agreed-upon area of discussion: foreign policy. But the moderator
acknowledged that they met at the close of a week of wrangling over
failed banks and bailouts with a declaration that any discussion of
international affairs in a moment of domestic economic turmoil "by
definition includes the global financial crisis."

Lehrer really did try to get an economic debate going.

More than a half hour passed before anyone mentioned Iraq or Afghanistan.

The discussion turned to infrastructure renewal and extending access
to the internet before it did to China, Russia, India, Georgia, Israel,
Palestine or other global hotspot.

Again and again, Lehrer steered the discussion to the financial crisis.

That was appropriate.

But Lehrer didn't have much luck getting either McCain or Obama to
scope out visions for domestic economic regeneration, let alone the
interplay of the U.S. economy and that of the world.

The moderator tried, repeatedly, to get the candidates to identify
ways in which the economic crisis was going to influence how they would
govern. But the candidates kept dancing around the questions. McCain
was against "unnecessary and wasteful spending." Obama told McCain that
"your president" (George Bush) had presided over "an orgy of spending"
that, he noted, the Republican nominee has usually supported.

McCain toyed openly with the notion of a spending freeze but, when
pressed, refused to formally propose one. Obama acknowledged that the
cost of a Wall Street bailout might make it tougher to launch new
domestic initiatives, but as Lehrer noted the senator from Illinois did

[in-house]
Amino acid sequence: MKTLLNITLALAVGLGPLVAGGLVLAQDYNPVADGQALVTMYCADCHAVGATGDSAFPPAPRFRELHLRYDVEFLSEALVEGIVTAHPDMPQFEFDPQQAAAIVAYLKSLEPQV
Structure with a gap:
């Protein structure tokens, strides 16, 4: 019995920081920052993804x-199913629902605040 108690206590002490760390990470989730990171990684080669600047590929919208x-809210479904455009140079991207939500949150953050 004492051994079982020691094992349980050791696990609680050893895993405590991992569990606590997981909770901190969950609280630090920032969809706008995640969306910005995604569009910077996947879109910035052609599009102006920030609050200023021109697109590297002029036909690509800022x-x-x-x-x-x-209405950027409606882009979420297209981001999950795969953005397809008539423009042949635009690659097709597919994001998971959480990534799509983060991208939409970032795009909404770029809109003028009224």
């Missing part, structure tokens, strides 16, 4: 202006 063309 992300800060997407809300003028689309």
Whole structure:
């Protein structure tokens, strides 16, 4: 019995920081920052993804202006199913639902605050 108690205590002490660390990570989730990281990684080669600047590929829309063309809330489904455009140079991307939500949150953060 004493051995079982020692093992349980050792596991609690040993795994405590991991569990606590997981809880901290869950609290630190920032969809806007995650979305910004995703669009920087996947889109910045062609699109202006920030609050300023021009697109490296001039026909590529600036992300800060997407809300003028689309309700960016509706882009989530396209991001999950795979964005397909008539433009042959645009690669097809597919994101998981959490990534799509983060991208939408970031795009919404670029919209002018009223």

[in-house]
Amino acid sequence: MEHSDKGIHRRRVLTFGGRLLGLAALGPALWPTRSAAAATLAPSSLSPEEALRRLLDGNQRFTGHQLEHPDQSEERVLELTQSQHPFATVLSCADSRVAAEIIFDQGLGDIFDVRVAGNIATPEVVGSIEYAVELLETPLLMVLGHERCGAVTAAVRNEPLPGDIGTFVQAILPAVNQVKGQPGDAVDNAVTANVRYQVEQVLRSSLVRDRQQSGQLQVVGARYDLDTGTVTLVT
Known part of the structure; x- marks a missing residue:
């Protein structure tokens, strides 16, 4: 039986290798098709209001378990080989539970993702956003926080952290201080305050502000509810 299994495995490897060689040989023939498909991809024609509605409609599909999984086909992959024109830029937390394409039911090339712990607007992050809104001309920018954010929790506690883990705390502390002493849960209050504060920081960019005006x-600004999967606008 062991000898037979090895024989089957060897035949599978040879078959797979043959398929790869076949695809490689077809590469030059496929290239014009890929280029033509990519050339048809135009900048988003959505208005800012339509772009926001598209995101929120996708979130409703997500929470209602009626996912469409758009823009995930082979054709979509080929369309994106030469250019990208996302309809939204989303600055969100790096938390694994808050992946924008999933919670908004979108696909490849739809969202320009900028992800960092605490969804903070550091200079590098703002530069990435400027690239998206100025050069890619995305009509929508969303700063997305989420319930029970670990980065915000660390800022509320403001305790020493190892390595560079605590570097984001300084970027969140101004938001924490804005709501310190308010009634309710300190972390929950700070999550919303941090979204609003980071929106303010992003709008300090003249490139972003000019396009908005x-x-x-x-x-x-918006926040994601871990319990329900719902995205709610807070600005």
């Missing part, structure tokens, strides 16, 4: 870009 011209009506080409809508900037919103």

not seem to be willing to abandon any of those initiatives.

Finally, 33 minutes into the discourse, Obama suggested that he would
be more inclined to steers some funds be out of Iraq and back toward
the U.S.

Obama only devoted a few seconds to the notion before steering back to the domestic debate, however.

It was not until almost half way into the debate that Lehrer actually asked the "Iraq" question.

Then, finally, the candidates diverged.

Recalling his own opposition to the war, Obama rapped McCain for getting everything about the run-up to the war wrong.

"At the time when the war started, you said it was quick and easy.
You said we knew where the weapons of mass destruction were," said
Obama. "You were wrong. You said that we were going to be greeted as
liberators. You were wrong."

McCain said Obama is getting it wrong now. "Senator Obama refuses to acknowledge that we are winning in Iraq," announced McCain.

"That's not true, that's not true," countered Obama.

Repeatedly, the candidates clashed.

And they clearly did disagree.

John McCain debated as the man who wanted this war six years ago and who wants it to continue even now.

Barack Obama debated as the man who won the Democratic nomination in
large part because he had the wisdom to oppose launching an unnecessary
preemptive war, and who scored points throughout the primary fight by
promising to renew America's commitment to diplomacy.

The two men were speaking to a country that is rightly worried about a stumbling economy.

But the country worries, as well, about foreign-policy stumbles.

And the invasion and occupation of Iraq remains the worst of those stumbles in recent American history.

There will be plenty of spin about what was said in the first presidential debate.

But the focus on the war in Iraq, a war that most Americans think was a
mistake and want to see finished, means that -- while the night saw no
knockout blows -- it was Obama who got the debate he wanted and needed.